George Washington University: Medicare’s Accountable Care Organization Regulations and Medically Underserved Communities

This policy brief from Geiger Gibson/RCHN Community Health Foundation Research Collaborative at the George Washington University School of Public Health examines the Centers for Medicare and Medicaid  (CMS) proposed rule for Medicare Shared Savings Accountable Care Organizations (ACOs) for its impact on safety net providers such as community health centers and Medicare beneficiaries in medically underserved communities.

The proposed rule allows federally qualified health centers (FQHCs) and Rural Health Centers (RHCs) to participate in Medicare ACOs, but their Medicare beneficiaries would NOT be included in the calculation of participating beneficiaries because of CMS’s interpretation that beneficiaries assigned to a Medicare ACO must be provided health care services directly by a physician and current systems for FQHC billing data does not identify the actual provider of care for each encounter.

The analysis does note that the proposed rule attempts to create two incentives to include FQHCs and RHCs in the Medicare ACOs by exempting them from certain risk adjustments and allowing an additional 2.5 percent in shared savings available for the Track One, one-sided risk model and an additional 5 percent in shared savings available for the Track Two, two-sided risk model.  However, the analysis points out that since the FQHC or RHC own Medicare beneficiaries are not assigned or counted as part of the ACO, these incentives would be meaningful only if a significant number of Medicare beneficiaries in an ACO obtained services at the FQHC or RHC when they are not their primary health care provider.  [This actually runs counter to one of the core assumptions of the ACO model, to support primary care medical homes that would improve coordination of care.  And it is not clear how any savings would be attributable or appropriately shared with any participating FQHCs.]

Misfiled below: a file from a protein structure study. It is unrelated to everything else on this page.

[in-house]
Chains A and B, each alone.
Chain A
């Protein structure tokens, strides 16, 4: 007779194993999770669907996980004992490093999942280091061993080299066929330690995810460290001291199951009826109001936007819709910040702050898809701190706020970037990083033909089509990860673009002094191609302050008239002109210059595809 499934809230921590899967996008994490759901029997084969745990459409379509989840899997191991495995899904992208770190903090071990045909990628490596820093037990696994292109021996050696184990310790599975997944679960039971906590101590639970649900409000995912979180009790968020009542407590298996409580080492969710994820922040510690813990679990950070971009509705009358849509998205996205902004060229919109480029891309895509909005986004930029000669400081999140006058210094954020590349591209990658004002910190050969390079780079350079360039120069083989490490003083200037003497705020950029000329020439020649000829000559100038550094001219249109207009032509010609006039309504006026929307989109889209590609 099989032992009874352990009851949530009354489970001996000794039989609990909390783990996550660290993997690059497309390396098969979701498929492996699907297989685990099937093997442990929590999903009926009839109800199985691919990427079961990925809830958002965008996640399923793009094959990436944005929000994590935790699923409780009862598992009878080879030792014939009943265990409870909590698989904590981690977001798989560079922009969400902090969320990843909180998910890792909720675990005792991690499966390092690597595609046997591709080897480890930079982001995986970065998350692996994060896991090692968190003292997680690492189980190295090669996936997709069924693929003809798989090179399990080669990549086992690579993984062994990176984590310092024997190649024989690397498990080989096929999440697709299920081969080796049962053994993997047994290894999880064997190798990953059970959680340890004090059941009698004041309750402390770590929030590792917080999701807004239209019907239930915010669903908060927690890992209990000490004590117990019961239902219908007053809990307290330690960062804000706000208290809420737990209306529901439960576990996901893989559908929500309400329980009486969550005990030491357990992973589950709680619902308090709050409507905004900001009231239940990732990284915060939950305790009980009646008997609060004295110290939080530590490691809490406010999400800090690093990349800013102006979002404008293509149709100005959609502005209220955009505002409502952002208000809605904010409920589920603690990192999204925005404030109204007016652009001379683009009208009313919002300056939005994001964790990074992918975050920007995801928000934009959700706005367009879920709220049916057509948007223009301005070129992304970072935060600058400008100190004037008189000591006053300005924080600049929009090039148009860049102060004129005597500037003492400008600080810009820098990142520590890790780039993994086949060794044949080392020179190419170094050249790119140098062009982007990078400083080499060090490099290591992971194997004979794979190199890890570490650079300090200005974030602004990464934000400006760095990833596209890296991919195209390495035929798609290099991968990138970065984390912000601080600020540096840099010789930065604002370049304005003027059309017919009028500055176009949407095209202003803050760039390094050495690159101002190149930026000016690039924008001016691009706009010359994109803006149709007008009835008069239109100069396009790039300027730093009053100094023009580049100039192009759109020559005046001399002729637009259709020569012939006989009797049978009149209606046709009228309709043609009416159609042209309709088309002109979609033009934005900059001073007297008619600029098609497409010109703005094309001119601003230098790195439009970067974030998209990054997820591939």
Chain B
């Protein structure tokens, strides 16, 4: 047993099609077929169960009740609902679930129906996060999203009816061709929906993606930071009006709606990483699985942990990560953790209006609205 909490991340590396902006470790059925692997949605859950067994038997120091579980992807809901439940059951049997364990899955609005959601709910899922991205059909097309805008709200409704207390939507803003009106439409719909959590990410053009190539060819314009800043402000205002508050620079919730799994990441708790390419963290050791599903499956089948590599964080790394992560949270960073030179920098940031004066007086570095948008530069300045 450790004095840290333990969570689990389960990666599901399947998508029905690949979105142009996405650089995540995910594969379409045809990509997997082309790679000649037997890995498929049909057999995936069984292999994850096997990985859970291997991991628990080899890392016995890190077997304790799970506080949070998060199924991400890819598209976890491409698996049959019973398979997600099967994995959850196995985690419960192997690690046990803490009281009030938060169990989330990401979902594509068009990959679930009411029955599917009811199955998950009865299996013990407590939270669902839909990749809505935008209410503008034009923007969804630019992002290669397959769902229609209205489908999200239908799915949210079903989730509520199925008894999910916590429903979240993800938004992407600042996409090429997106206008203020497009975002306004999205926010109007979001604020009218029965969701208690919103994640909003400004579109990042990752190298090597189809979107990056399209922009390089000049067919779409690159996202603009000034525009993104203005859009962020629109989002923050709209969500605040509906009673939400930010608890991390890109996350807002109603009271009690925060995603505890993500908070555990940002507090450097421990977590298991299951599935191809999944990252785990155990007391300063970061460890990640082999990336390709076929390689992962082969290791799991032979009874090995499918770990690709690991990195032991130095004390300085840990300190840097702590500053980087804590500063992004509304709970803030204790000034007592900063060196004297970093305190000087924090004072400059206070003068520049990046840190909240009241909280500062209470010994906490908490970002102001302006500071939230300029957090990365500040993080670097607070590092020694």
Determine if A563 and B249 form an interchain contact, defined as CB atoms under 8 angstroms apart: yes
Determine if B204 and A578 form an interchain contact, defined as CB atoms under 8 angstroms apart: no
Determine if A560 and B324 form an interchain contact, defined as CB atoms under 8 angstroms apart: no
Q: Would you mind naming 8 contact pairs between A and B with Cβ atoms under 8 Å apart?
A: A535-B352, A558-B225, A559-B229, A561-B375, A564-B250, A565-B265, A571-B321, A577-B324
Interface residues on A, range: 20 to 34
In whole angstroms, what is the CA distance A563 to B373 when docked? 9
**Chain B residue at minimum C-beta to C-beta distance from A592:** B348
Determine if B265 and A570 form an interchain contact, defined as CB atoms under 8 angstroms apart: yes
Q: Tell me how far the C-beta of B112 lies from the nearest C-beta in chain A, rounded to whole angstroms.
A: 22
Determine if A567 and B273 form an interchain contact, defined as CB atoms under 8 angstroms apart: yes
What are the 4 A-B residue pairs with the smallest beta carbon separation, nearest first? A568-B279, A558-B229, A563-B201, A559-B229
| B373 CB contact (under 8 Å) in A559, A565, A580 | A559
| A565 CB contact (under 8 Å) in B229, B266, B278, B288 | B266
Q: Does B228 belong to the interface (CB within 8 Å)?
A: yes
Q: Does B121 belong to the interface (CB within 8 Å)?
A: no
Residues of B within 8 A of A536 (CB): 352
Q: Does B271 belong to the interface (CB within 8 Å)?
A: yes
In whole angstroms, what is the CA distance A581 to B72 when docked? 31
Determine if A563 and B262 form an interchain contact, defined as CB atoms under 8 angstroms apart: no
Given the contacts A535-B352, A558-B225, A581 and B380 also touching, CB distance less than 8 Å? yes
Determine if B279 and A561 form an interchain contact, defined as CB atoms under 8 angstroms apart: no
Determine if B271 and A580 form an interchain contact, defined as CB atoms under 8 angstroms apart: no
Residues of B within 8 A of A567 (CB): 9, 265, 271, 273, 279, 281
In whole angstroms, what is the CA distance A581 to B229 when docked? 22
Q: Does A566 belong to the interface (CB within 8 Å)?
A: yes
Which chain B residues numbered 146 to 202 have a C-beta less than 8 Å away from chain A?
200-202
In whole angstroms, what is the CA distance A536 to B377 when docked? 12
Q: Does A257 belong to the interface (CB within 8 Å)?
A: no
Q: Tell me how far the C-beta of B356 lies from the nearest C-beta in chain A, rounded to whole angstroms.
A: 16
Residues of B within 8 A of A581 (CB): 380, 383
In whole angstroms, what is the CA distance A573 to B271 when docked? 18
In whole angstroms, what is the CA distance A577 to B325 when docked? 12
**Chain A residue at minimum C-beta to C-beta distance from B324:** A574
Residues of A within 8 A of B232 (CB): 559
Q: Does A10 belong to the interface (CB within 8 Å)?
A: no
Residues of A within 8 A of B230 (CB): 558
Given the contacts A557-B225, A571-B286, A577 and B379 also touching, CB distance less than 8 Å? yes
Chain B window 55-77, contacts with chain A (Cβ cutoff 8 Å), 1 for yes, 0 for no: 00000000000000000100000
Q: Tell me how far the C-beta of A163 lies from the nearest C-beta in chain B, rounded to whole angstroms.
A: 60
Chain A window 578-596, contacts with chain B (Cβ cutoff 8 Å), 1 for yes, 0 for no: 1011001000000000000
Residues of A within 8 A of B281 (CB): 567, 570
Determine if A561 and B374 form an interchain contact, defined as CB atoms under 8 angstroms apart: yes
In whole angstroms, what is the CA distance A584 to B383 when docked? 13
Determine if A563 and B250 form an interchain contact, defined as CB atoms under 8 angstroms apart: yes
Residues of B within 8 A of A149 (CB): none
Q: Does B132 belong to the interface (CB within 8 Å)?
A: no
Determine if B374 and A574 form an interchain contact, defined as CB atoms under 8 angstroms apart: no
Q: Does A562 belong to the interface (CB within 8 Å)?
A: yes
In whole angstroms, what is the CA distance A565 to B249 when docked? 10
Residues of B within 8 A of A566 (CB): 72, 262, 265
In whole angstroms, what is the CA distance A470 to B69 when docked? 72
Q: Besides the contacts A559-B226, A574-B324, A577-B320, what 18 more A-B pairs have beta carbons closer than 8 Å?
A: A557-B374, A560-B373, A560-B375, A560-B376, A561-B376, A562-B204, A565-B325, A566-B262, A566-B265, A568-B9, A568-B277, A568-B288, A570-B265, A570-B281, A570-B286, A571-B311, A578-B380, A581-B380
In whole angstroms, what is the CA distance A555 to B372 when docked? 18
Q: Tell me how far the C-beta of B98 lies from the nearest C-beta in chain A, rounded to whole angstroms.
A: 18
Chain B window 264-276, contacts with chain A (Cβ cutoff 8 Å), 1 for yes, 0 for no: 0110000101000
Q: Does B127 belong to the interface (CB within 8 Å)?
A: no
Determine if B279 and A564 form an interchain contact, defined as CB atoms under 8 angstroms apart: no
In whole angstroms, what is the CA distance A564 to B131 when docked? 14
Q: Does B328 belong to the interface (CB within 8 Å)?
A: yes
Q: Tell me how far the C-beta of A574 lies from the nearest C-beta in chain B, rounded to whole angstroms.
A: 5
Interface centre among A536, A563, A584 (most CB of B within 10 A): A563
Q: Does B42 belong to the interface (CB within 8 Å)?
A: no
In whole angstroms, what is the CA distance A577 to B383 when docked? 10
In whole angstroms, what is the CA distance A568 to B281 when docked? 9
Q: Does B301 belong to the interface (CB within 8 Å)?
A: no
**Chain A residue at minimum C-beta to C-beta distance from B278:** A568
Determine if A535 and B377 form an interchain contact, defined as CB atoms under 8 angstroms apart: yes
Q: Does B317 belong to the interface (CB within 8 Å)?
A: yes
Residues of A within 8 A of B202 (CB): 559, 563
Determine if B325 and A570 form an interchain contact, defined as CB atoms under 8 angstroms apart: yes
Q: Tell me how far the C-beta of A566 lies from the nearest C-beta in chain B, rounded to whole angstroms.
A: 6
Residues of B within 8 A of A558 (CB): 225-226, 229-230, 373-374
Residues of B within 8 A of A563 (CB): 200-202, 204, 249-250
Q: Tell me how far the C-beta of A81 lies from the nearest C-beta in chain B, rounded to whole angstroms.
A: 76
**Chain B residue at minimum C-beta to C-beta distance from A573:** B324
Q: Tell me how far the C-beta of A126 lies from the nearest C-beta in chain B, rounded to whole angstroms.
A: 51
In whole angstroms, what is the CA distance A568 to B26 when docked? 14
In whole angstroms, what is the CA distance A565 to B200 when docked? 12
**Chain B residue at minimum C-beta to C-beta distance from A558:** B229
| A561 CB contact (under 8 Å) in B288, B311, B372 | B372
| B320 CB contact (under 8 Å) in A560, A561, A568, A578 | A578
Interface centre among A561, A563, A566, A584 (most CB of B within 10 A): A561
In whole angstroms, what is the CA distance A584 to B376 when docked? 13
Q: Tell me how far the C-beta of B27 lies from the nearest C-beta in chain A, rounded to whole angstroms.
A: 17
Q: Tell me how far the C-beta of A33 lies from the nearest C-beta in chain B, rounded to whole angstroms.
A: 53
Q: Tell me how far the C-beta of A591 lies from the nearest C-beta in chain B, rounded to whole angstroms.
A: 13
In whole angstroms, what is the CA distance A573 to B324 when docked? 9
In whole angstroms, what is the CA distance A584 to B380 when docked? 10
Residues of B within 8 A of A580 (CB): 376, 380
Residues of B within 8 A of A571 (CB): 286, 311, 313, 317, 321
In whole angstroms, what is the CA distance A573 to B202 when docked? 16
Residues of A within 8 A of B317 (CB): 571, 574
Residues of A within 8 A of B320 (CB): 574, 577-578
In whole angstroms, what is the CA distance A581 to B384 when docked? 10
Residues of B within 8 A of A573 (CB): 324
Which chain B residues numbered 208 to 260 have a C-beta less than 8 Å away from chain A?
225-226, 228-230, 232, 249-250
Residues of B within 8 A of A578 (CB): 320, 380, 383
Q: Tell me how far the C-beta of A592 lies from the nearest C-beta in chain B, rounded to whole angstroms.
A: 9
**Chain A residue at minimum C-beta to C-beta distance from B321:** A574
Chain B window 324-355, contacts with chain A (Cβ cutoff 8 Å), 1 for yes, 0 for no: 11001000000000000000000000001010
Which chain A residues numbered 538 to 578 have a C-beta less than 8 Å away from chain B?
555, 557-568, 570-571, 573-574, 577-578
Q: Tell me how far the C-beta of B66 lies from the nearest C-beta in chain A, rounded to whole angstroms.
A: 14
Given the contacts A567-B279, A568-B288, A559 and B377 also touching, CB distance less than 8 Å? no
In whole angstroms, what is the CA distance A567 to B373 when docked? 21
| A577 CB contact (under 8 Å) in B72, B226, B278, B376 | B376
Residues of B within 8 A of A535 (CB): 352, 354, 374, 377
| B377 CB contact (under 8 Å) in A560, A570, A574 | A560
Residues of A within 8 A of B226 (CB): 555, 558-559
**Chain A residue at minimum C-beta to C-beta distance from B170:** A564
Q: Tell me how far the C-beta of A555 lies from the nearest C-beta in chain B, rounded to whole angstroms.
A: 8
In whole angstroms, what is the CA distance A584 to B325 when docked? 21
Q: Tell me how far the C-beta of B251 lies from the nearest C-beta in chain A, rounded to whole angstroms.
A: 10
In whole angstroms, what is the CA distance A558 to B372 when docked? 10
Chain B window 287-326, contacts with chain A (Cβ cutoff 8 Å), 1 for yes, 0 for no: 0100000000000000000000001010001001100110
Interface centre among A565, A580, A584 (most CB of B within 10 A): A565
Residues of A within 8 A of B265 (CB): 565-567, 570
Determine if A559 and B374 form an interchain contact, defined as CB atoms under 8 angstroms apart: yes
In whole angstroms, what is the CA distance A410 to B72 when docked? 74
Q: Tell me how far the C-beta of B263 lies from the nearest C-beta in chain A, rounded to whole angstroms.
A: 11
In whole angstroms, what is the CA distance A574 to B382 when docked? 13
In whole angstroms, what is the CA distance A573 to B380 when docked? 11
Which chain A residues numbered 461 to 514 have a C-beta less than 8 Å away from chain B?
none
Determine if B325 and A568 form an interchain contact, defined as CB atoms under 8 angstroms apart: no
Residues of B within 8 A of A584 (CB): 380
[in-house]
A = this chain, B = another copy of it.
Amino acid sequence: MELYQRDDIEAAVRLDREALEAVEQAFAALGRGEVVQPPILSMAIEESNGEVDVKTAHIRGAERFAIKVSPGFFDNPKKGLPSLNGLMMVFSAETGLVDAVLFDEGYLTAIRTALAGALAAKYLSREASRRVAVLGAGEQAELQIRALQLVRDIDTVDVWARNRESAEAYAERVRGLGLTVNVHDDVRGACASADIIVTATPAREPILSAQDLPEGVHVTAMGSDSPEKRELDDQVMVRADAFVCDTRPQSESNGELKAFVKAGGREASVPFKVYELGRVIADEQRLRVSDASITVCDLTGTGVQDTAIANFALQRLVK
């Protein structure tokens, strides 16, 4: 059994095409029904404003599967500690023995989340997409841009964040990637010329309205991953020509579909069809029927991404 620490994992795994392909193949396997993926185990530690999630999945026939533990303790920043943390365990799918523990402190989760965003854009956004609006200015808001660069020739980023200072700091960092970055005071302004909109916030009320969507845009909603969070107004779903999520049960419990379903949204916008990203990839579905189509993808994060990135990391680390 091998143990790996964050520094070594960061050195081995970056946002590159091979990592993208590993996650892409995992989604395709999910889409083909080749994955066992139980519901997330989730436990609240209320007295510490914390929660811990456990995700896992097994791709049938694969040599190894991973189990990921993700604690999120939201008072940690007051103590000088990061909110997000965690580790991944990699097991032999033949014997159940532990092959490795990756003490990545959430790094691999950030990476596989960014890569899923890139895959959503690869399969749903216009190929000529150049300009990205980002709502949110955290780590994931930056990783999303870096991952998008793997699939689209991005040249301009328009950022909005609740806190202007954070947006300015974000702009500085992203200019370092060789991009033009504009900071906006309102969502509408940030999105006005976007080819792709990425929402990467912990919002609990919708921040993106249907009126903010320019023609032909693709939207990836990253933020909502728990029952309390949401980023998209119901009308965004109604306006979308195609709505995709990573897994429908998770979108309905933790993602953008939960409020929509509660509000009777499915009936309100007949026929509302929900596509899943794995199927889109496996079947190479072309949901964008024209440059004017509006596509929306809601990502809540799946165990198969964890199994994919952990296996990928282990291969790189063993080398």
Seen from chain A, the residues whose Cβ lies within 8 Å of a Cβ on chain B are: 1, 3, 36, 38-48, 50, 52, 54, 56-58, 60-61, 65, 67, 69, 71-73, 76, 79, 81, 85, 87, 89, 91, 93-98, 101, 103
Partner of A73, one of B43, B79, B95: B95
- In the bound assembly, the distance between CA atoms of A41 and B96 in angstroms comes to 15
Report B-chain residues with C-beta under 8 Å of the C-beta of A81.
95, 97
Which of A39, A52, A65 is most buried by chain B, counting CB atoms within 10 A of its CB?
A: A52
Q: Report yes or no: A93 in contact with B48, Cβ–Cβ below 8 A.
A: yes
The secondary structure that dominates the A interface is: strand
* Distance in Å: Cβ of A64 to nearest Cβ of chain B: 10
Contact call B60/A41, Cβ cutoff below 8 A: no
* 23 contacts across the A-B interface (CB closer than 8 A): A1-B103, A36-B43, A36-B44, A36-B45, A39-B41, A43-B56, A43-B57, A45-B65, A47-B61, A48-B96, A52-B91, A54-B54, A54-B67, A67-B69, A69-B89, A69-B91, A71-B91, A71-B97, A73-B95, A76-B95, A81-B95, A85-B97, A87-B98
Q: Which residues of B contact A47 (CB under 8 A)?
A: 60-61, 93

This issue of how safety net providers such as FQHCs and RHCs will or will not be able to participate in Medicare ACOs will be one of the vital policy issues to be resolved as the regulations are finalized before the Medicare Shared Savings ACOs begin to implemented January 1, 2012.

Link to Original Source

This entry was posted in Health Care Reform, Health Care Reform: Accountable Care Organizations. Bookmark the permalink.

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